another man’s fear. He was now a prisoner of war. Crow explained, “When I first got there I was sweating so bad and so thirsty that I was licking my sweat up off the floors. The interrogator, who we called “the bug,” was a professional, showed absolutely zero emotion. He couldn’t pronounce my name so I was ‘Cow’ for the next six years.” Colonel Crow spent the next six years in Hanoi Hilton, spending three years in solitary confinement, known as ‘Heartbreak Hotel.’ Crow explained to me that one time he had tried to peak through his cell bars that were very high up by standing on his “bathroom” bucket. The “bug” had caught him so he placed one of his ankles in a stock and both his wrists in another stock.

Crow said “I was in that position for three days, but the pain was worse when he let me out, trying to straighten my back was extremely painful. The Vietnamese wanted to shape us up so we weren’t troublemakers, but that was our goal, to cause trouble.” He also stated that the “bathroom” bucket wasn’t so bad if he was in solitary, but when he shared a cell with four other men the bucket was very gross and unsanitary by the end of the day. When Colonel Frederick Crow was first settling into Hanoi Hilton he noticed someone had written on the wall “this too shall pass.” He stated, “It kind of bucks you up to know you’re not alone and that there is someone else here with you.” Crow said, “We always worried about getting caught doing something, like tapping on the wall. Hours of boredom would go by with minutes of stark terror.”

As for food, the prisoners had rice and boiling water twice a day. “Once a week they would let us out to wash down in the sinks, we couldn’t shower. We always looked forward to that,” Crow explained. Mary Crow, the colonel’s wife, sent many letters and packages, but Crow said he didn’t receive them. “Actually, one time they brought me something my wife had sent me. It was a sterling silver toothpick. That was the only thing I ever received because they could not figure out what it was. I had to explain it to them.” Colonel said, “sometimes in my cell, I could smell chocolate and I knew someone had a package come in and the Vietnamese officers were eating our chocolate.”

Mrs. Crow and their four children had no idea whether their husband/father was alive. Mary received word once that Colonel Crow was in Hanoi Hilton. This was because a Navy sailor who had been captured memorized all four hundred and fifty names of the prisoners. When the sailor was captured “We told him to act cuckoo and nutty so they would let him go. He started acting like a damn idiot sweeping the yard with the broom upside down, doing everything to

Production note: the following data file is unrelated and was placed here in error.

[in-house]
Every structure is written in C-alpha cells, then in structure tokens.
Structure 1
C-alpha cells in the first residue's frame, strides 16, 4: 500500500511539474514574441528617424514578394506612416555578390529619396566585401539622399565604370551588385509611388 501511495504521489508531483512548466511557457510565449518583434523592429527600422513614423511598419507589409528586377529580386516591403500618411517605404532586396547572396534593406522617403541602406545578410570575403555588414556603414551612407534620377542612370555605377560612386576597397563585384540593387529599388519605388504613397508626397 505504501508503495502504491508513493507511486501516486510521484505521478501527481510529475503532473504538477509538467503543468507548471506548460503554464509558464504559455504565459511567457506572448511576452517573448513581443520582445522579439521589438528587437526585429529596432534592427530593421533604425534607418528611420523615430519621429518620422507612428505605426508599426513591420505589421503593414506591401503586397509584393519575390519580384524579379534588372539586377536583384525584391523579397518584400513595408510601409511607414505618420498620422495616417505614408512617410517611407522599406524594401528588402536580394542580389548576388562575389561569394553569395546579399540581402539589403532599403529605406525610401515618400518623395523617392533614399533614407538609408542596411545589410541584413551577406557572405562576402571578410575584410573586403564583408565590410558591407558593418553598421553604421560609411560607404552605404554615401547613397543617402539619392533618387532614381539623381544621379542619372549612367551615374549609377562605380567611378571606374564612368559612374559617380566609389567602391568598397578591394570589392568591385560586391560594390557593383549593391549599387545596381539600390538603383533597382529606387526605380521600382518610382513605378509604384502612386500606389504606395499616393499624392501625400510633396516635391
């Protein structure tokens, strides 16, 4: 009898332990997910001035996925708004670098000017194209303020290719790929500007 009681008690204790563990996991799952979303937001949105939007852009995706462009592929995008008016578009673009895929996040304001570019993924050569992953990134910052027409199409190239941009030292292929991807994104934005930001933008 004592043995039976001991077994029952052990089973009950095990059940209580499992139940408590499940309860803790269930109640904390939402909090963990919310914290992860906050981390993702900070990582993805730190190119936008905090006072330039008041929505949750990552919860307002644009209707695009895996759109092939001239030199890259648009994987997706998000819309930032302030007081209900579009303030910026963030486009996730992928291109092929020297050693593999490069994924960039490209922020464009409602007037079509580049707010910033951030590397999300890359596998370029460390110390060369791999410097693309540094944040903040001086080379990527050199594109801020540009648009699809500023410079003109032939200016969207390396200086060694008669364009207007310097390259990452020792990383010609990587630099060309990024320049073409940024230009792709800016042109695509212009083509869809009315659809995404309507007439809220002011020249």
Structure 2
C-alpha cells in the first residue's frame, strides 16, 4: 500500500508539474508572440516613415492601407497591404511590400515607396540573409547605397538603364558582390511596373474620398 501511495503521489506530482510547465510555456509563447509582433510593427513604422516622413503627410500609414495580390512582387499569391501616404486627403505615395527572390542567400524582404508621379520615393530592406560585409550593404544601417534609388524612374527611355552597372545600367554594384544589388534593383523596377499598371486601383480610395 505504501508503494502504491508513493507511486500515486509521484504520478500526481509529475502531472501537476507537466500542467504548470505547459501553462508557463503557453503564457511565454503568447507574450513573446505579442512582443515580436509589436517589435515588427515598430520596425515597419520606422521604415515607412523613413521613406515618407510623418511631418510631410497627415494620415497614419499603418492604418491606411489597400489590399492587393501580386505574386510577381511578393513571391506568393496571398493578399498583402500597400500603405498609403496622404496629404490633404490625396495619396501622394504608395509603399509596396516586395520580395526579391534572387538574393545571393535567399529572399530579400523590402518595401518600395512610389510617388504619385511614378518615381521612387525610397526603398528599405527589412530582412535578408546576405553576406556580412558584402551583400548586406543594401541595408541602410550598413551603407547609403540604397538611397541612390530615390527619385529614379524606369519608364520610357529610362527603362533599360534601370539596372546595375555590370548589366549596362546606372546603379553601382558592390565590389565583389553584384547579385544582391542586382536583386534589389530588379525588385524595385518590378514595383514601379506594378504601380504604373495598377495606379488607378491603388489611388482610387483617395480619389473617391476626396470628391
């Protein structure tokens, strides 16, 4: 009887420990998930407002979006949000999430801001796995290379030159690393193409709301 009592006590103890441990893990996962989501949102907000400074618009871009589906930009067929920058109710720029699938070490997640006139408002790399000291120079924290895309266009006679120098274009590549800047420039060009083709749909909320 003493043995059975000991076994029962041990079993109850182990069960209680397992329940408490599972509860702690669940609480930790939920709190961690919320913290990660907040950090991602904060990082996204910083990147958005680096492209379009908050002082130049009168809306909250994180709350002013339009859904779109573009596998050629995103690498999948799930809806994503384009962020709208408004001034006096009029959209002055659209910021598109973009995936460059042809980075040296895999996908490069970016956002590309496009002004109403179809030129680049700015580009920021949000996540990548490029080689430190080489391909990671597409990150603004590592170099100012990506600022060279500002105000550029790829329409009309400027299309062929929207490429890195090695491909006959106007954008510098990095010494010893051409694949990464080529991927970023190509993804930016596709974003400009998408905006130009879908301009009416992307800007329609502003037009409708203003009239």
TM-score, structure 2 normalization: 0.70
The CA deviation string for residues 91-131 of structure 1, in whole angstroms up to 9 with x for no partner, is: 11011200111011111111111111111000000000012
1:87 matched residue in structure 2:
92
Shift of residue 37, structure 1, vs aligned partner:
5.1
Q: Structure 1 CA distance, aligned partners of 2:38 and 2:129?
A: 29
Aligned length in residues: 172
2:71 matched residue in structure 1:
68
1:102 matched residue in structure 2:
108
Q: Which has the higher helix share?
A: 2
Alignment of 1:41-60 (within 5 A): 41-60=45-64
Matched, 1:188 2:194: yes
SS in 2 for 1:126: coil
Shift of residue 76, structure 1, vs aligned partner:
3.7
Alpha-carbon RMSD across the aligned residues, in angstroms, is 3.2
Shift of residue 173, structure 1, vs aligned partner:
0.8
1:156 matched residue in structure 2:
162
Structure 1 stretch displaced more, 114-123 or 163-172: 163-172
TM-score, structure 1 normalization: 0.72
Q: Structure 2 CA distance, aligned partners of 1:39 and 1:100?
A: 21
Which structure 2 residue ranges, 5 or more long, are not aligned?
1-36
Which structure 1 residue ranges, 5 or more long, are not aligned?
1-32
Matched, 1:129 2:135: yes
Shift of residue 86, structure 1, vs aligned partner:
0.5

seem crazy. There were four or five officers who gave up and confessed everything so when they were released the sailor was too. Of course, those officers were ostrich-sized when they got back and I think three of them committed suicide” Crow explains. However, this one sailor restored faith in a lot of families. Crow realized one day “they started fattening us up, they would give us a loaf of French bread and a cup of sugar for meals. This is when we realized we were going to be released. When the Vietnamese told them peace papers had been signed in Paris on January 27, 1973 they were about to get around and gather up in the courtyard. This was the beginning of “Operation Homecoming.” The rule was first in first out so even though the first prisoners of war left Hanoi on February 12, 1973, Crow had to wait until March 4th. Crow arrived at Andrews Air Force Base in Washington D.C. with many camera flashes going off as he was greeted by his family for the first time in years. He had to go through forty-two hours of intelligence
debriefing before the medics got to them. “All I needed was a hernia repair and a teeth fixing. They had the President’s dentist fix me up” Crow states as if it is not a big deal.

Colonel Crow ended the interview by telling the story of how “on the ride home to Hampton, Virginia Mary was driving the car at eighty mile per hour and it scared the living crap out of me! I hadn’t gone anywhere near that fast in over six years.”

(source: POWstories.org; betathetadata.net/alum/CrowFA.pdf)

Units - Education - Awards - Flight Info

Units Assigned

  • 12/1943 enlisted U.S. Army Reserve
  • 2/1944-10/1945 Aviation Cadet Program
  • 10/1945 Discharged with the end of WWII
  • 6/1951-6/1952 Joined USAF, Pilot training, commissioned 2nd Lt., Stalling AFB, NC
  • 4/1953-6/1961 Fighter pilot, FAC, various bases
  • 7/1961-9/1961 12/1962 478th Tactical Fighter Squadron, Cannon AFB, NM (F-100)
  • 9/1961-11/1961 Deployed to Europe in support of Berlin Crisis
  • 11/1961-12/1962 478th Tactical Fighter Squadron
  • 12/1962-8/1964 Army 82ndAirborne Division, Ft. Bragg, NC
  • 8/1964-7/1965 Army Command and Staff School, Ft. Leavenworth, KS
  • 7/1965-5/1966 Headquarters Tactical Air Command at Langley AFB, VA
  • 5/1966-10/1966 Combat Crew Training (F-4 Phantom II)
  • 10/1966-3/1967 433rd Tactical Fighter Squadron, Ubon Royal Thai AB, Thailand
  • 3/26/1967 Shot down over Vietnam, remained as Prisoner of War for 2,171 days
  • 3/4/1973 Released during Operation Home Coming, hospitalized briefly at Andrews AFB, MD
  • 8/1973-6/1974 National War College
  • 7/1974-5/1975 35th Tactical Fighter Wing, Vice Commander, George AFB, CA
  • 5/1975-10/1981  Langley AFB, VA
  • 10/1981 Retired from USAF

Awards & Decorations

Silver Star (2)
Legion of Merit
Distinguished Flying Cross (2)
Prisoner of War Medal

Flight Info

F-100
F-4 Phantom II

Military Education

1944-1945 Aviation Cadet Program
1964-1965 Army Command and Staff School, Ft. Leavenworth, KS
1973-1974 National War College

Civilian Education

Photos